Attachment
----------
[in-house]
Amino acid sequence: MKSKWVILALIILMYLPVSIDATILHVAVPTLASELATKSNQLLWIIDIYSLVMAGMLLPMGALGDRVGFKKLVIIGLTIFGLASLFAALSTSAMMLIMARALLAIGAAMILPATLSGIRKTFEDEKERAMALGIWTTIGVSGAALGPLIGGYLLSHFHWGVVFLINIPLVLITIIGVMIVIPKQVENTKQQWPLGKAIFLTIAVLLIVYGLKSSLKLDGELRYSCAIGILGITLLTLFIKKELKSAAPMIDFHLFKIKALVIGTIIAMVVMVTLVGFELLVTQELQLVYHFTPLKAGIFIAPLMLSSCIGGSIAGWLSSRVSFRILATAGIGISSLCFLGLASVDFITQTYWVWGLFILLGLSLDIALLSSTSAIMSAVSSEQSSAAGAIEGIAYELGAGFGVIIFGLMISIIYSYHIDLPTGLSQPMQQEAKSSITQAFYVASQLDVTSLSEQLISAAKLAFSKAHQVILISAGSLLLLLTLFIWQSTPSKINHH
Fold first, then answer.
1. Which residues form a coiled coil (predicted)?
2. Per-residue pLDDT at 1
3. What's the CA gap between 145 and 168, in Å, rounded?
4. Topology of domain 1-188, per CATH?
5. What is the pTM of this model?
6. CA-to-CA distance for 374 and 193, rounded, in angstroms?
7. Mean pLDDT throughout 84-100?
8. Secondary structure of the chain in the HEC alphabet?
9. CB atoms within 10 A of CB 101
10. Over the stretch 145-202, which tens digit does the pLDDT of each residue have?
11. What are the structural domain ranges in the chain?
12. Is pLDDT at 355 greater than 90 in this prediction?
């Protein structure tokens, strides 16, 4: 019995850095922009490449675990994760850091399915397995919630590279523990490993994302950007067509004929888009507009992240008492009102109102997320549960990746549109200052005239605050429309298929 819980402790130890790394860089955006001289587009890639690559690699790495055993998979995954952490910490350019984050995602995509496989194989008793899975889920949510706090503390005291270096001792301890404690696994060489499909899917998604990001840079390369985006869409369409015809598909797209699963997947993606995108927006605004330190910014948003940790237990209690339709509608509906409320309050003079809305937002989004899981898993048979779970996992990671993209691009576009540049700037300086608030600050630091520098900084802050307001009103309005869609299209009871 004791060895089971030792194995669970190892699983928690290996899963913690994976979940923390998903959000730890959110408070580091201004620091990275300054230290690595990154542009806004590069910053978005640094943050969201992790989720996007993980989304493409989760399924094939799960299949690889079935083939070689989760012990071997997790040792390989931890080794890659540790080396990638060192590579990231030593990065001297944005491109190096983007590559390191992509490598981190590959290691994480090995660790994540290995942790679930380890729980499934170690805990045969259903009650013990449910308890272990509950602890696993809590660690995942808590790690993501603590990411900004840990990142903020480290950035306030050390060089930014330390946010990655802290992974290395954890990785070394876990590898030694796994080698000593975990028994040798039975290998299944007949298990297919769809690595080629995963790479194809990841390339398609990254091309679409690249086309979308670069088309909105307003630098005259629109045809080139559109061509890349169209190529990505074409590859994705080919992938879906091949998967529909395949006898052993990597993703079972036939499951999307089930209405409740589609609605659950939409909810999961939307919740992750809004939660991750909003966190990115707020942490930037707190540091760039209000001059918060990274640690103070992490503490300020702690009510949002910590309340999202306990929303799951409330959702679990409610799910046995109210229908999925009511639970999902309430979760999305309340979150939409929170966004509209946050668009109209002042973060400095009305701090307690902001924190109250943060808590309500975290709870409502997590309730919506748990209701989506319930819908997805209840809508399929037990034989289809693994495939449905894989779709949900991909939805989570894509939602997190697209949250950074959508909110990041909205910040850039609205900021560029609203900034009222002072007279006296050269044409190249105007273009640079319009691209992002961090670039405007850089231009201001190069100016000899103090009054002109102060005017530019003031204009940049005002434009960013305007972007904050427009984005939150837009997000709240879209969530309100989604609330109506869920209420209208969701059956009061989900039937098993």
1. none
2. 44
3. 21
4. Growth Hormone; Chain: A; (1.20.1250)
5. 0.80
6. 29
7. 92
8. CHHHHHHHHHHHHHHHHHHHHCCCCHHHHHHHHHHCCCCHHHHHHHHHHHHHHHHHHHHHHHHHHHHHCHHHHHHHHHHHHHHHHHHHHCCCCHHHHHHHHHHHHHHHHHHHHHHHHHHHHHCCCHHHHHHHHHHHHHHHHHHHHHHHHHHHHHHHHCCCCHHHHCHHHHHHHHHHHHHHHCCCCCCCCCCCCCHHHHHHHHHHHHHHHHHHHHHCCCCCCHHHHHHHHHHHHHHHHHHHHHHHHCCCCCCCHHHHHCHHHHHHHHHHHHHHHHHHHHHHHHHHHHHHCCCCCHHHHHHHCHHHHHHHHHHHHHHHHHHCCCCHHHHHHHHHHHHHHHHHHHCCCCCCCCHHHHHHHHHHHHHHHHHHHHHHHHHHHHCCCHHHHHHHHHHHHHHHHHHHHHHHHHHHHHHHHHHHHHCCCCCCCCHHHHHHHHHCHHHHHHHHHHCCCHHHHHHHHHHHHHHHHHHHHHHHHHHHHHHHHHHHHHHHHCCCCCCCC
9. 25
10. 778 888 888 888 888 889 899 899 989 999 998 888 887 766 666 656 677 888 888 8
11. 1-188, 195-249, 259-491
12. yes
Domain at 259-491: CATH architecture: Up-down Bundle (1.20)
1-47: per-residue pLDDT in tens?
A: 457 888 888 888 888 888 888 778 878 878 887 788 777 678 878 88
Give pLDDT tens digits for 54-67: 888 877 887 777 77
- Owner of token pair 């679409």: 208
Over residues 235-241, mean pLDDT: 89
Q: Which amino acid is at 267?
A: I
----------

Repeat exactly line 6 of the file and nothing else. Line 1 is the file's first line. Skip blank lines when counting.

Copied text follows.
3. What's the CA gap between 145 and 168, in Å, rounded?